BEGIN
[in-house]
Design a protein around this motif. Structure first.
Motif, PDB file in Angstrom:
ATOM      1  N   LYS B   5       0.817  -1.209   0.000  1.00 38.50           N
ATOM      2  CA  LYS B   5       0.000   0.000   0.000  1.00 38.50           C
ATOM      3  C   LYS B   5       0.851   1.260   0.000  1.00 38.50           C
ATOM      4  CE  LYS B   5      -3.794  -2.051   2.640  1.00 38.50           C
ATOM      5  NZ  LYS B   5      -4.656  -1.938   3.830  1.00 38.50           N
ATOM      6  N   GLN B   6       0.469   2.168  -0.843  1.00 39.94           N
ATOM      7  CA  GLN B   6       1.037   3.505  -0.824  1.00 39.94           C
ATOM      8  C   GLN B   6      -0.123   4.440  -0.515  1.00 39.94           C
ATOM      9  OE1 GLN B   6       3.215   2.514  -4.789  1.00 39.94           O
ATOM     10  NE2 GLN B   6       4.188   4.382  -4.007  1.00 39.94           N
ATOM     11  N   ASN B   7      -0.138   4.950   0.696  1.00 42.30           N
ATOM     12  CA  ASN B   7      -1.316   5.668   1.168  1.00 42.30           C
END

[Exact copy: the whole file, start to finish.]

[in-house]
Design a protein around this motif. Structure first.
Motif, PDB file in Angstrom:
ATOM      1  N   LYS B   5       0.817  -1.209   0.000  1.00 38.50           N
ATOM      2  CA  LYS B   5       0.000   0.000   0.000  1.00 38.50           C
ATOM      3  C   LYS B   5       0.851   1.260   0.000  1.00 38.50           C
ATOM      4  CE  LYS B   5      -3.794  -2.051   2.640  1.00 38.50           C
ATOM      5  NZ  LYS B   5      -4.656  -1.938   3.830  1.00 38.50           N
ATOM      6  N   GLN B   6       0.469   2.168  -0.843  1.00 39.94           N
ATOM      7  CA  GLN B   6       1.037   3.505  -0.824  1.00 39.94           C
ATOM      8  C   GLN B   6      -0.123   4.440  -0.515  1.00 39.94           C
ATOM      9  OE1 GLN B   6       3.215   2.514  -4.789  1.00 39.94           O
ATOM     10  NE2 GLN B   6       4.188   4.382  -4.007  1.00 39.94           N
ATOM     11  N   ASN B   7      -0.138   4.950   0.696  1.00 42.30           N
ATOM     12  CA  ASN B   7      -1.316   5.668   1.168  1.00 42.30           C